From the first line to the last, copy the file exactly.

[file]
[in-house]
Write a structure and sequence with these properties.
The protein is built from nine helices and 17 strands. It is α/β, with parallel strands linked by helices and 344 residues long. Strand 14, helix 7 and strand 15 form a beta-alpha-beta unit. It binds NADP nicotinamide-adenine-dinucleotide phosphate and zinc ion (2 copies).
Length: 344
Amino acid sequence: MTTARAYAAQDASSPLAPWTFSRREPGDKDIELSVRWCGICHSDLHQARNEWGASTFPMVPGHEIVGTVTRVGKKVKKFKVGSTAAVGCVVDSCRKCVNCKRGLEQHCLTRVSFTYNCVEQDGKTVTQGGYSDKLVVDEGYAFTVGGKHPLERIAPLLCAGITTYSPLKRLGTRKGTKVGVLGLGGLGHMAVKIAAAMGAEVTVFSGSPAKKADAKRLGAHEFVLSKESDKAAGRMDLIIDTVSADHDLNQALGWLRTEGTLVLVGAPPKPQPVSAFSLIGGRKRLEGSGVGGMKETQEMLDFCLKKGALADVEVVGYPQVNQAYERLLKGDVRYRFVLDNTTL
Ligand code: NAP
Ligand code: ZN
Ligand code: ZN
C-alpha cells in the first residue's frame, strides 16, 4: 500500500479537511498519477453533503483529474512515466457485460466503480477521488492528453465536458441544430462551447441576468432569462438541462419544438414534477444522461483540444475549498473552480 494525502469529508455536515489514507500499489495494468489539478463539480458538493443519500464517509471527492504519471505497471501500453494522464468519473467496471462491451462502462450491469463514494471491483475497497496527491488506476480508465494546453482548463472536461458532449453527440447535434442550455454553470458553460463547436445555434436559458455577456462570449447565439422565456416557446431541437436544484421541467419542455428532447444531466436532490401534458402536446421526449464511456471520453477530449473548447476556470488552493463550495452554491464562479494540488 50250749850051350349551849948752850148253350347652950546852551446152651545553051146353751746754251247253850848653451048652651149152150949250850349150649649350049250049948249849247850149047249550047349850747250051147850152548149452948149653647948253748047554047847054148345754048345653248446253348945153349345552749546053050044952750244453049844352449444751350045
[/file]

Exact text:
[in-house]
Write a structure and sequence with these properties.
The protein is built from nine helices and 17 strands. It is α/β, with parallel strands linked by helices and 344 residues long. Strand 14, helix 7 and strand 15 form a beta-alpha-beta unit. It binds NADP nicotinamide-adenine-dinucleotide phosphate and zinc ion (2 copies).
Length: 344
Amino acid sequence: MTTARAYAAQDASSPLAPWTFSRREPGDKDIELSVRWCGICHSDLHQARNEWGASTFPMVPGHEIVGTVTRVGKKVKKFKVGSTAAVGCVVDSCRKCVNCKRGLEQHCLTRVSFTYNCVEQDGKTVTQGGYSDKLVVDEGYAFTVGGKHPLERIAPLLCAGITTYSPLKRLGTRKGTKVGVLGLGGLGHMAVKIAAAMGAEVTVFSGSPAKKADAKRLGAHEFVLSKESDKAAGRMDLIIDTVSADHDLNQALGWLRTEGTLVLVGAPPKPQPVSAFSLIGGRKRLEGSGVGGMKETQEMLDFCLKKGALADVEVVGYPQVNQAYERLLKGDVRYRFVLDNTTL
Ligand code: NAP
Ligand code: ZN
Ligand code: ZN
C-alpha cells in the first residue's frame, strides 16, 4: 500500500479537511498519477453533503483529474512515466457485460466503480477521488492528453465536458441544430462551447441576468432569462438541462419544438414534477444522461483540444475549498473552480 494525502469529508455536515489514507500499489495494468489539478463539480458538493443519500464517509471527492504519471505497471501500453494522464468519473467496471462491451462502462450491469463514494471491483475497497496527491488506476480508465494546453482548463472536461458532449453527440447535434442550455454553470458553460463547436445555434436559458455577456462570449447565439422565456416557446431541437436544484421541467419542455428532447444531466436532490401534458402536446421526449464511456471520453477530449473548447476556470488552493463550495452554491464562479494540488 50250749850051350349551849948752850148253350347652950546852551446152651545553051146353751746754251247253850848653451048652651149152150949250850349150649649350049250049948249849247850149047249550047349850747250051147850152548149452948149653647948253748047554047847054148345754048345653248446253348945153349345552749546053050044952750244453049844352449444751350045